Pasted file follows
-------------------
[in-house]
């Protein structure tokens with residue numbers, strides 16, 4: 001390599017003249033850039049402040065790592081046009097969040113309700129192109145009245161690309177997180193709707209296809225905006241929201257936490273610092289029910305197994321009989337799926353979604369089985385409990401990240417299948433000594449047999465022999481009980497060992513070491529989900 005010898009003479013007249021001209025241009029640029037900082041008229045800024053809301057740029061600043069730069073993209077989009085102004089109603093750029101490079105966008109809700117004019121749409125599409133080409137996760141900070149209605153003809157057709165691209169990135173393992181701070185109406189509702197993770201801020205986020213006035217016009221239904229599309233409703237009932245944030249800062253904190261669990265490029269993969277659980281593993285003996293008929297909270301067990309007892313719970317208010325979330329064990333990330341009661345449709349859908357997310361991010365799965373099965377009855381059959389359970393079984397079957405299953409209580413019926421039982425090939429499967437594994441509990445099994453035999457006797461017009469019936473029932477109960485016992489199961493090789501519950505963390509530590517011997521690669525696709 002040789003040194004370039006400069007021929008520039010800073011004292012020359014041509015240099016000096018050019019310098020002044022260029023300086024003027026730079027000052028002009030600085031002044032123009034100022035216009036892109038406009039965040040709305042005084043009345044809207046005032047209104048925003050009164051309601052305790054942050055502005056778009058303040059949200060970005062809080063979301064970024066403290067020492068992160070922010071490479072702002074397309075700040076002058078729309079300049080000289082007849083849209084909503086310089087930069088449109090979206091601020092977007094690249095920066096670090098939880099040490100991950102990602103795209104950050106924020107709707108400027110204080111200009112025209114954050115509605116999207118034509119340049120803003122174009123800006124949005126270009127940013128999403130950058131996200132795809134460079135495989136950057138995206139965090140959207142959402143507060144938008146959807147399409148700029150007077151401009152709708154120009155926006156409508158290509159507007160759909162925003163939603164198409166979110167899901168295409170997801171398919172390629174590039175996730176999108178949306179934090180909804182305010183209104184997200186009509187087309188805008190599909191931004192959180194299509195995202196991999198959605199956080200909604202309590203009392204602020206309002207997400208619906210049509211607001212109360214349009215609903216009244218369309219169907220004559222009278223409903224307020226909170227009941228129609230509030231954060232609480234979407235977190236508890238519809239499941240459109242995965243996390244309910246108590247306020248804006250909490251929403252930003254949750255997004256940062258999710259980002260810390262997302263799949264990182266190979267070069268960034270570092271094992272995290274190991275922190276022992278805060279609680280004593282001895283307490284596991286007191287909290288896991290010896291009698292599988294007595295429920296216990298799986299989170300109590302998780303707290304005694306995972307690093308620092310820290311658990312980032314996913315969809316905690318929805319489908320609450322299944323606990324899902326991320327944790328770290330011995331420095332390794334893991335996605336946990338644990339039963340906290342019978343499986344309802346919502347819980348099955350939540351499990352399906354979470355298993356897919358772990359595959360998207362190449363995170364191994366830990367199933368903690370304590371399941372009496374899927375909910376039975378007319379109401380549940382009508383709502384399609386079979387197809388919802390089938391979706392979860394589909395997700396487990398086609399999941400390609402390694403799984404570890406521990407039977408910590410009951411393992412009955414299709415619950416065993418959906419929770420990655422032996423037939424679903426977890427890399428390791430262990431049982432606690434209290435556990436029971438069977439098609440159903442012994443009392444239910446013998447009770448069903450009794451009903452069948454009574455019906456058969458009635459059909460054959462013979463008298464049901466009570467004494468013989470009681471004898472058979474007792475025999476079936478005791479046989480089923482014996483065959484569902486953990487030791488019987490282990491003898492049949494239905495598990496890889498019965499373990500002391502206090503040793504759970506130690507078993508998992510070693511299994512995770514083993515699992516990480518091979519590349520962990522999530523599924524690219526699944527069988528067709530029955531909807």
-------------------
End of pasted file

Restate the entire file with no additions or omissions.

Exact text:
[in-house]
């Protein structure tokens with residue numbers, strides 16, 4: 001390599017003249033850039049402040065790592081046009097969040113309700129192109145009245161690309177997180193709707209296809225905006241929201257936490273610092289029910305197994321009989337799926353979604369089985385409990401990240417299948433000594449047999465022999481009980497060992513070491529989900 005010898009003479013007249021001209025241009029640029037900082041008229045800024053809301057740029061600043069730069073993209077989009085102004089109603093750029101490079105966008109809700117004019121749409125599409133080409137996760141900070149209605153003809157057709165691209169990135173393992181701070185109406189509702197993770201801020205986020213006035217016009221239904229599309233409703237009932245944030249800062253904190261669990265490029269993969277659980281593993285003996293008929297909270301067990309007892313719970317208010325979330329064990333990330341009661345449709349859908357997310361991010365799965373099965377009855381059959389359970393079984397079957405299953409209580413019926421039982425090939429499967437594994441509990445099994453035999457006797461017009469019936473029932477109960485016992489199961493090789501519950505963390509530590517011997521690669525696709 002040789003040194004370039006400069007021929008520039010800073011004292012020359014041509015240099016000096018050019019310098020002044022260029023300086024003027026730079027000052028002009030600085031002044032123009034100022035216009036892109038406009039965040040709305042005084043009345044809207046005032047209104048925003050009164051309601052305790054942050055502005056778009058303040059949200060970005062809080063979301064970024066403290067020492068992160070922010071490479072702002074397309075700040076002058078729309079300049080000289082007849083849209084909503086310089087930069088449109090979206091601020092977007094690249095920066096670090098939880099040490100991950102990602103795209104950050106924020107709707108400027110204080111200009112025209114954050115509605116999207118034509119340049120803003122174009123800006124949005126270009127940013128999403130950058131996200132795809134460079135495989136950057138995206139965090140959207142959402143507060144938008146959807147399409148700029150007077151401009152709708154120009155926006156409508158290509159507007160759909162925003163939603164198409166979110167899901168295409170997801171398919172390629174590039175996730176999108178949306179934090180909804182305010183209104184997200186009509187087309188805008190599909191931004192959180194299509195995202196991999198959605199956080200909604202309590203009392204602020206309002207997400208619906210049509211607001212109360214349009215609903216009244218369309219169907220004559222009278223409903224307020226909170227009941228129609230509030231954060232609480234979407235977190236508890238519809239499941240459109242995965243996390244309910246108590247306020248804006250909490251929403252930003254949750255997004256940062258999710259980002260810390262997302263799949264990182266190979267070069268960034270570092271094992272995290274190991275922190276022992278805060279609680280004593282001895283307490284596991286007191287909290288896991290010896291009698292599988294007595295429920296216990298799986299989170300109590302998780303707290304005694306995972307690093308620092310820290311658990312980032314996913315969809316905690318929805319489908320609450322299944323606990324899902326991320327944790328770290330011995331420095332390794334893991335996605336946990338644990339039963340906290342019978343499986344309802346919502347819980348099955350939540351499990352399906354979470355298993356897919358772990359595959360998207362190449363995170364191994366830990367199933368903690370304590371399941372009496374899927375909910376039975378007319379109401380549940382009508383709502384399609386079979387197809388919802390089938391979706392979860394589909395997700396487990398086609399999941400390609402390694403799984404570890406521990407039977408910590410009951411393992412009955414299709415619950416065993418959906419929770420990655422032996423037939424679903426977890427890399428390791430262990431049982432606690434209290435556990436029971438069977439098609440159903442012994443009392444239910446013998447009770448069903450009794451009903452069948454009574455019906456058969458009635459059909460054959462013979463008298464049901466009570467004494468013989470009681471004898472058979474007792475025999476079936478005791479046989480089923482014996483065959484569902486953990487030791488019987490282990491003898492049949494239905495598990496890889498019965499373990500002391502206090503040793504759970506130690507078993508998992510070693511299994512995770514083993515699992516990480518091979519590349520962990522999530523599924524690219526699944527069988528067709530029955531909807």